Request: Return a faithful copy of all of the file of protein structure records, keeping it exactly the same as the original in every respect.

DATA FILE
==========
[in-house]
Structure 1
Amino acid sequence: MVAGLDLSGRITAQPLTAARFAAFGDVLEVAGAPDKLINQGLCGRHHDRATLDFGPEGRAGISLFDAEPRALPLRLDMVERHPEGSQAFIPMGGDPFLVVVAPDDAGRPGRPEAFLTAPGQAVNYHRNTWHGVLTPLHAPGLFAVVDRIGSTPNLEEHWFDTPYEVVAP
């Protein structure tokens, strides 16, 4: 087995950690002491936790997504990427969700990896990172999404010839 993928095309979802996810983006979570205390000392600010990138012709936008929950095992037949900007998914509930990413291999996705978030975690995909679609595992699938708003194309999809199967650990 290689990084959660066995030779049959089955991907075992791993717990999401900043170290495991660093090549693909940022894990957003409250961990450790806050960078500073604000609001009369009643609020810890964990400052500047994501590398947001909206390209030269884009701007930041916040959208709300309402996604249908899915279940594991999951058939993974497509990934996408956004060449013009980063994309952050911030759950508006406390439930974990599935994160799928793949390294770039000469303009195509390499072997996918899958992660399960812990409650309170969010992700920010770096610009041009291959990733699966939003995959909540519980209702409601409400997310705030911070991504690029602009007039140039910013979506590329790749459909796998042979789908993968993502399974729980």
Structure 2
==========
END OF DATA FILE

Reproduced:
[in-house]
Structure 1
Amino acid sequence: MVAGLDLSGRITAQPLTAARFAAFGDVLEVAGAPDKLINQGLCGRHHDRATLDFGPEGRAGISLFDAEPRALPLRLDMVERHPEGSQAFIPMGGDPFLVVVAPDDAGRPGRPEAFLTAPGQAVNYHRNTWHGVLTPLHAPGLFAVVDRIGSTPNLEEHWFDTPYEVVAP
């Protein structure tokens, strides 16, 4: 087995950690002491936790997504990427969700990896990172999404010839 993928095309979802996810983006979570205390000392600010990138012709936008929950095992037949900007998914509930990413291999996705978030975690995909679609595992699938708003194309999809199967650990 290689990084959660066995030779049959089955991907075992791993717990999401900043170290495991660093090549693909940022894990957003409250961990450790806050960078500073604000609001009369009643609020810890964990400052500047994501590398947001909206390209030269884009701007930041916040959208709300309402996604249908899915279940594991999951058939993974497509990934996408956004060449013009980063994309952050911030759950508006406390439930974990599935994160799928793949390294770039000469303009195509390499072997996918899958992660399960812990409650309170969010992700920010770096610009041009291959990733699966939003995959909540519980209702409601409400997310705030911070991504690029602009007039140039910013979506590329790749459909796998042979789908993968993502399974729980």
Structure 2